New Farm Project Co-ordinator Ian Stutt was involved in organizing the gathering. Over the past three years, he has been excited to see solidarity and positive energy steadily increasing within the farm community.
In addition to winning the Premier’s award for agricultural innovation last April, he noted that the gatherings have been among the highlights of the project thus far.
“The Fall Gatherings have been amazing,” he said. “It’s great to see how much interest there is and how many people are coming out.”
Sunday’s gathering included a panel presentation on the spirit of farming, food, and community. Panellists Bob Lovelace, Tibrata Gillies, and Wendy Luella Perkins discussed, respectively, the importance of respecting how bio-regions should, in a healthy society, affect food culture, food as a life source at all levels of production, preparation, and consumption, and be aware of the places our food comes from.
“We wanted to highlight and celebrate the relationships that exist within the farm community,” said Stutt. “That seems to be what really helps (farmers) and motivates them to remain confident and keep going even when it gets difficult.”
He added that helping new farmers get started is another major goal of the project.
One emerging farmer at the gathering was Karen Holmes. She and her husband, Kevin Wenkoff, are in the process of starting up an agricultural spiritual centre, including a sustainable garden, an apiary, and a small livestock herd at their Bellrock home.
“We want to be able to learn how to first co-operate, and then prepare, grow, and distribute food together,” she said.
Holmes noted that she found the gathering’s panel discussions very inspirational, particularly Bob Lovelace’s talk about how the cultures and languages of First Nations people rose out of the land.
“I think in a way that’s what’s being asked of all of us to do,” she said. “A lot of the time it’s very much working on a small scale with micro-farming, gardening, that kind of thing.”
Holmes added the New Farm Project will soon be sponsoring her to take a course on bio-dynamic beekeeping.
“It’s nice that they have so many people in this community that can help us learn how to do that kind of thing,” she said.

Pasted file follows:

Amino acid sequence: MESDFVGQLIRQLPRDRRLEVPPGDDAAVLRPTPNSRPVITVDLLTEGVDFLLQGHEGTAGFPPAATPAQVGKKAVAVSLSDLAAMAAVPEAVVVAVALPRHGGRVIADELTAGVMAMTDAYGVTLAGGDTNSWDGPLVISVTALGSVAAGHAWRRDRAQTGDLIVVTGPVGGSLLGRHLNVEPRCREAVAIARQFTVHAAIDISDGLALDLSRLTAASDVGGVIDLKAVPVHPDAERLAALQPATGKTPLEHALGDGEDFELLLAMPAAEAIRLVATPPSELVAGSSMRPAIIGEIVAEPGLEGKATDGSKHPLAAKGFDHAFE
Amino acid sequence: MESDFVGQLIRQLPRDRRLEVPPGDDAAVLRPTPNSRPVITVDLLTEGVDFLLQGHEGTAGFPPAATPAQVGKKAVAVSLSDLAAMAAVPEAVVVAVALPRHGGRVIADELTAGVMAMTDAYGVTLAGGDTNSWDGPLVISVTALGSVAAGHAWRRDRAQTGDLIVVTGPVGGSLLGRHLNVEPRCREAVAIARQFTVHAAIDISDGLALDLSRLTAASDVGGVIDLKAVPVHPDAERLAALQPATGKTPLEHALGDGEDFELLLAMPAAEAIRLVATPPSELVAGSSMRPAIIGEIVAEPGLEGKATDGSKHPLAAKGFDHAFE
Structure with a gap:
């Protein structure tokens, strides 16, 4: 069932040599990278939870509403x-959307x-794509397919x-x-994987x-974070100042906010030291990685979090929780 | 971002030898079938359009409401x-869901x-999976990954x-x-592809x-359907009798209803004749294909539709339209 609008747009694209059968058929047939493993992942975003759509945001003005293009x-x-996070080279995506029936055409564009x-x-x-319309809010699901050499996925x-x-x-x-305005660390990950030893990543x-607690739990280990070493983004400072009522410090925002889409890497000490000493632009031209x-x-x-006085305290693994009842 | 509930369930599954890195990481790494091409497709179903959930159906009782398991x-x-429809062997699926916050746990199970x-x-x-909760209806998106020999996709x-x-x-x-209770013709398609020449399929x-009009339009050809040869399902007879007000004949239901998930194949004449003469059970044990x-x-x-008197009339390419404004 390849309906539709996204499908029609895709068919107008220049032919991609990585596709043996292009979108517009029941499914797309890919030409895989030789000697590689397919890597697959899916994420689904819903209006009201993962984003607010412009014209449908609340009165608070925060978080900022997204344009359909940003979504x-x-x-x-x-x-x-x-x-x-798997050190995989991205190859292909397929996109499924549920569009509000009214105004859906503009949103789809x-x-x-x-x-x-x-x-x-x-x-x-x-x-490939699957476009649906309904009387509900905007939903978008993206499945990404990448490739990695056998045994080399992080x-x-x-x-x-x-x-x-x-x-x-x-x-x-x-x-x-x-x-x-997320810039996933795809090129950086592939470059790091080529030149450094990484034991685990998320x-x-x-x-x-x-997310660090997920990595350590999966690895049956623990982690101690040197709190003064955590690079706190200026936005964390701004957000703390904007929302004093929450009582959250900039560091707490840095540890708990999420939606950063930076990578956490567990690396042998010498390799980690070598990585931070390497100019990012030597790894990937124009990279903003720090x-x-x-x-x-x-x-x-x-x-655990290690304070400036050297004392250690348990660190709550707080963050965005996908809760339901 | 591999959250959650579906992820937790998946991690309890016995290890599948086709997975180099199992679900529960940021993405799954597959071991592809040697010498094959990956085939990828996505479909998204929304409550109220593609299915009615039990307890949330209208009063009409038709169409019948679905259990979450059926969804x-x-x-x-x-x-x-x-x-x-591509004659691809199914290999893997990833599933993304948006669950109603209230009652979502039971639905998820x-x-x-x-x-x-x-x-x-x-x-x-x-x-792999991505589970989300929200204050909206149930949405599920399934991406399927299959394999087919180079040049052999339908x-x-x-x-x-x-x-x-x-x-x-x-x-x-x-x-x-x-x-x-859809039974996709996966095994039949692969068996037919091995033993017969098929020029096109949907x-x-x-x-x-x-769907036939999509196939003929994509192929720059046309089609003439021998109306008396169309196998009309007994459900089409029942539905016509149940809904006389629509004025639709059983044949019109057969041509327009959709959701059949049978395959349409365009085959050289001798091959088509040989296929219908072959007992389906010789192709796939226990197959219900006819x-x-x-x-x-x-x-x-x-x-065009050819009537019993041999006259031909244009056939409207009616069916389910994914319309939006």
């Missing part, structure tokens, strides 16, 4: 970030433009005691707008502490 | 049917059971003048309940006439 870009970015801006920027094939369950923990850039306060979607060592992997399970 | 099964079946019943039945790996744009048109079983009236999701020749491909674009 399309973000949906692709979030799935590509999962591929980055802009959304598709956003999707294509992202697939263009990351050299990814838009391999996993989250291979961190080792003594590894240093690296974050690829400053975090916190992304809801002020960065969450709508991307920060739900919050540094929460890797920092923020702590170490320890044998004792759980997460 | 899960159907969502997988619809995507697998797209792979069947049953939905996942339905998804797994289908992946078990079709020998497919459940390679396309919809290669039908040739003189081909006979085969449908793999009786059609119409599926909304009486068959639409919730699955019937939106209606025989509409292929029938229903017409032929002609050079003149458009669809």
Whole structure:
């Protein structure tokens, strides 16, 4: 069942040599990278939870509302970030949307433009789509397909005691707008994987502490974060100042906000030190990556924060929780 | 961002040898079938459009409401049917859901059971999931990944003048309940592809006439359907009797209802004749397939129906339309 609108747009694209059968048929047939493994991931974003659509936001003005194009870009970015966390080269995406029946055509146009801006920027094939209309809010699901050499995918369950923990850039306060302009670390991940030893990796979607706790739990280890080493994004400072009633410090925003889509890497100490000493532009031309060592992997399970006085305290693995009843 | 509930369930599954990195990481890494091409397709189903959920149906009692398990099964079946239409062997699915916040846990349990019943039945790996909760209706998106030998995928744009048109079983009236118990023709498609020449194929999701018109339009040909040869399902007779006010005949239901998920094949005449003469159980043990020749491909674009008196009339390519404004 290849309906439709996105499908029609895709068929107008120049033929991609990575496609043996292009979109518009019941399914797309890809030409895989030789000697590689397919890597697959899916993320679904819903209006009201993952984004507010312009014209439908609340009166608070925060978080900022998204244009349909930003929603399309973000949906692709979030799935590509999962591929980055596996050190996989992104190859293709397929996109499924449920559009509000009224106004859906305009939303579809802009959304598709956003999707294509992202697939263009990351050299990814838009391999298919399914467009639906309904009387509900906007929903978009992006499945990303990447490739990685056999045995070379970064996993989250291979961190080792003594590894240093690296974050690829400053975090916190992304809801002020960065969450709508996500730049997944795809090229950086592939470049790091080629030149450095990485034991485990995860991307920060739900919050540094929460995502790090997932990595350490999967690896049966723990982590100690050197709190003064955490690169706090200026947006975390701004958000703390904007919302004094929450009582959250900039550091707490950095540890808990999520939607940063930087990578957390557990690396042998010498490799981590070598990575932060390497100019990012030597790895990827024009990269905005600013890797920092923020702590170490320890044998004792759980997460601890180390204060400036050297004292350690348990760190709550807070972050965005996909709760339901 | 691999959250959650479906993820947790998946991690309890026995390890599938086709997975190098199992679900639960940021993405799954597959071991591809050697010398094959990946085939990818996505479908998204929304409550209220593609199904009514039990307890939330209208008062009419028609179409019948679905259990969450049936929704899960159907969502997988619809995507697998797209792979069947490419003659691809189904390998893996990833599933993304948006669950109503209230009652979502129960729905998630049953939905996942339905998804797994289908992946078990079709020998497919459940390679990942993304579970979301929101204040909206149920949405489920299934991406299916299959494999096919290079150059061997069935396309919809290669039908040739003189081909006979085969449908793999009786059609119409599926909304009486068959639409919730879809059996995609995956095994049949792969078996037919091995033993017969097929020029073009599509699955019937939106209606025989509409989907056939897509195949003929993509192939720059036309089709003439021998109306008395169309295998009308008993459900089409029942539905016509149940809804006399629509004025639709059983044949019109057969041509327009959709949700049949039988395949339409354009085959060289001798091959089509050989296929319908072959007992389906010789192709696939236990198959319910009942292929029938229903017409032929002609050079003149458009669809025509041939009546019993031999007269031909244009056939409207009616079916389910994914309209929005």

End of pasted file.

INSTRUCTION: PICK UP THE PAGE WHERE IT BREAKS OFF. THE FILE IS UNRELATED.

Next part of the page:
The idea of feeding the larger community was also an important topic at the gathering.
“Food issues and farm issues cannot be separated,” said NFU Local 316 Vice President Dianne Dowling. “They work together, and the NFU works under that philosophy.”
Dowling noted that the union has been in the news quite a lot recently in relation to local food movement issues such as the closure of the prison farms and KGH’s decision to outsource food services to the multi-national company Compass Group.
“It may seem like we’re always fighting something negative that’s happening,” she said, “but it’s a lot more rewarding to do more positive things like the Fall Gathering. We’re helping people make connections that will help them in their business or in their appreciation of the local farm community.”
Dowling explained that there is much cause for optimism even in light of the recent setbacks. She noted, for instance, that although the NFU was not able to keep the cows at the prison farm, they were very much inspired by the show of support from community members.
In addition, Dowling believes there is still an opportunity to work with Compass Group and incorporate local food into the KGH’s cafeteria service.
“The Board of Directors has left that opportunity open for us and we’ll be following up on that,” she said.
Stutt is also optimistic about the future of the New Farm Project, which is funded until the spring of 2012.
“We’d like to explore how to scale up local food, develop the infrastructure to move it, and develop the demand of eaters whether it’s through farmers markets, stores, CSAs, (etc),” he said. “The demand brings supply and vice versa.”
Inspiring more Kingston-area residents to make an effort to eat food produced locally will be key.
“Us farmers, we want to feed you,” he said, “but we need you to help us do that.”